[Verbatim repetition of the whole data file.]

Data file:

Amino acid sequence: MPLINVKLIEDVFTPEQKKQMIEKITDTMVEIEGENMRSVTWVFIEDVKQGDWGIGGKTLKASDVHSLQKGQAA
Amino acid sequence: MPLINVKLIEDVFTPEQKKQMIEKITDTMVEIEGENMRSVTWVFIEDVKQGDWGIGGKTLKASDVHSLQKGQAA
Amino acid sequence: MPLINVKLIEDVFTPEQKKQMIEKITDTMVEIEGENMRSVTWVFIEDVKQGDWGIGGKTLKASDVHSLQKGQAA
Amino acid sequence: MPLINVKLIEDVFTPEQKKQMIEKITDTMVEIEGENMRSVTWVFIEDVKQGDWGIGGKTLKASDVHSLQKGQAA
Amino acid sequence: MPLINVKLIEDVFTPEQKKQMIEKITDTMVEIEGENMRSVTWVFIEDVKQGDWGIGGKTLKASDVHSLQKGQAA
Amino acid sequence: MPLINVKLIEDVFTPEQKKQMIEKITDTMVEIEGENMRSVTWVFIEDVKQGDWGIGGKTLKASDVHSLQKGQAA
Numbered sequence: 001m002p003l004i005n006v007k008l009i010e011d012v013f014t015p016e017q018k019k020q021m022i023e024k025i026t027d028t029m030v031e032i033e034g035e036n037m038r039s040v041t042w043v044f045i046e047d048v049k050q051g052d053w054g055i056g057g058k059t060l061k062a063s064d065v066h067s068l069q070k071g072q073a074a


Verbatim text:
Amino acid sequence: MPLINVKLIEDVFTPEQKKQMIEKITDTMVEIEGENMRSVTWVFIEDVKQGDWGIGGKTLKASDVHSLQKGQAA
Amino acid sequence: MPLINVKLIEDVFTPEQKKQMIEKITDTMVEIEGENMRSVTWVFIEDVKQGDWGIGGKTLKASDVHSLQKGQAA
Amino acid sequence: MPLINVKLIEDVFTPEQKKQMIEKITDTMVEIEGENMRSVTWVFIEDVKQGDWGIGGKTLKASDVHSLQKGQAA
Amino acid sequence: MPLINVKLIEDVFTPEQKKQMIEKITDTMVEIEGENMRSVTWVFIEDVKQGDWGIGGKTLKASDVHSLQKGQAA
Amino acid sequence: MPLINVKLIEDVFTPEQKKQMIEKITDTMVEIEGENMRSVTWVFIEDVKQGDWGIGGKTLKASDVHSLQKGQAA
Amino acid sequence: MPLINVKLIEDVFTPEQKKQMIEKITDTMVEIEGENMRSVTWVFIEDVKQGDWGIGGKTLKASDVHSLQKGQAA
Numbered sequence: 001m002p003l004i005n006v007k008l009i010e011d012v013f014t015p016e017q018k019k020q021m022i023e024k025i026t027d028t029m030v031e032i033e034g035e036n037m038r039s040v041t042w043v044f045i046e047d048v049k050q051g052d053w054g055i056g057g058k059t060l061k062a063s064d065v066h067s068l069q070k071g072q073a074a